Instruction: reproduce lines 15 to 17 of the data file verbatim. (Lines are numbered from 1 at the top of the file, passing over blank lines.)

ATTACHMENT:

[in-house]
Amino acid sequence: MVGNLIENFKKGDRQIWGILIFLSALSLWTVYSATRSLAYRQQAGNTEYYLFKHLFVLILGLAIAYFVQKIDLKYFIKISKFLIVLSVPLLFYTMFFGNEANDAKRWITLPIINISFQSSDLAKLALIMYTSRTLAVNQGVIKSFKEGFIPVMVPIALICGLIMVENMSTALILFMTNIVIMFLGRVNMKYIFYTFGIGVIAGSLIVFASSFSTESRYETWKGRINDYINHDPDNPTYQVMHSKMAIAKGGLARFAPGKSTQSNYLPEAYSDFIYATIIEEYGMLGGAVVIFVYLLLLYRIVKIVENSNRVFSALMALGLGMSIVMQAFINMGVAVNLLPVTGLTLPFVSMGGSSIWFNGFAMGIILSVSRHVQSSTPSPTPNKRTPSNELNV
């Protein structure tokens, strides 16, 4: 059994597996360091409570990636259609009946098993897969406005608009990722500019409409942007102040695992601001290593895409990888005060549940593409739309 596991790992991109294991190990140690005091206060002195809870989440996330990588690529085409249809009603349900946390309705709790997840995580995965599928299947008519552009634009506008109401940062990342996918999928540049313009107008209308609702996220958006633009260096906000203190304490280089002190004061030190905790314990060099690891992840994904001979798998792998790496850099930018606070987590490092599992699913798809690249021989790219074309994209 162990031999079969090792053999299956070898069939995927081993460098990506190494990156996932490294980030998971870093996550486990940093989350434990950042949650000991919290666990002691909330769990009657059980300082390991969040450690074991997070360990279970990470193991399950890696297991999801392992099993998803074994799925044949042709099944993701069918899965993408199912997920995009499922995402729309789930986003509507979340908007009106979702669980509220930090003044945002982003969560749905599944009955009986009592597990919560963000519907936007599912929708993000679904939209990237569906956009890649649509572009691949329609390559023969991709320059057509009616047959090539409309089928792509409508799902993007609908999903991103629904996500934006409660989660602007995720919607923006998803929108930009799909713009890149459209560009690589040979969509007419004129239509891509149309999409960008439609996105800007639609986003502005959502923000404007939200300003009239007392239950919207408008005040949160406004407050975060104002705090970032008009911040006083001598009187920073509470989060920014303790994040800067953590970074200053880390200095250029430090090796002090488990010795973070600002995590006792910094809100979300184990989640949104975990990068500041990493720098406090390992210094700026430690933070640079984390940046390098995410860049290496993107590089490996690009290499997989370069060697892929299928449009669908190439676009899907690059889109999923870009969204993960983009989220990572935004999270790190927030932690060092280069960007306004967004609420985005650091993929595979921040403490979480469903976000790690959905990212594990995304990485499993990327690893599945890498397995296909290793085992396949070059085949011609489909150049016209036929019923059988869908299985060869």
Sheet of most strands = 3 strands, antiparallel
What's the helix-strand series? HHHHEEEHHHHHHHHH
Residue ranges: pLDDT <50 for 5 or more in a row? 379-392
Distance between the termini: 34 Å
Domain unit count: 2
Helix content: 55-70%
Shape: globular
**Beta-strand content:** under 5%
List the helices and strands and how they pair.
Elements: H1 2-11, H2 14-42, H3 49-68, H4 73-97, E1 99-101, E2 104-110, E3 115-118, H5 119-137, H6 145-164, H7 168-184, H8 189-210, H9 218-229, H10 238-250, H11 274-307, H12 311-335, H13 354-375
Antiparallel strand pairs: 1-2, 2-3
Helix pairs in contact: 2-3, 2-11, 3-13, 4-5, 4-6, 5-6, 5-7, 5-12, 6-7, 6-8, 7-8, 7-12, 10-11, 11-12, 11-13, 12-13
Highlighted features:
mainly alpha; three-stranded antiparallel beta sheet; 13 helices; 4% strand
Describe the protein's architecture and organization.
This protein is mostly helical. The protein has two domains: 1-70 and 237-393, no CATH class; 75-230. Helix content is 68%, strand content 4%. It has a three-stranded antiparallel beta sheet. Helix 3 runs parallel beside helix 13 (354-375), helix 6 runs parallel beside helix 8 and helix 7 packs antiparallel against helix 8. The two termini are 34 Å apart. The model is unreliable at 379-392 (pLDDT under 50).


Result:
Helix pairs in contact: 2-3, 2-11, 3-13, 4-5, 4-6, 5-6, 5-7, 5-12, 6-7, 6-8, 7-8, 7-12, 10-11, 11-12, 11-13, 12-13
Highlighted features:
mainly alpha; three-stranded antiparallel beta sheet; 13 helices; 4% strand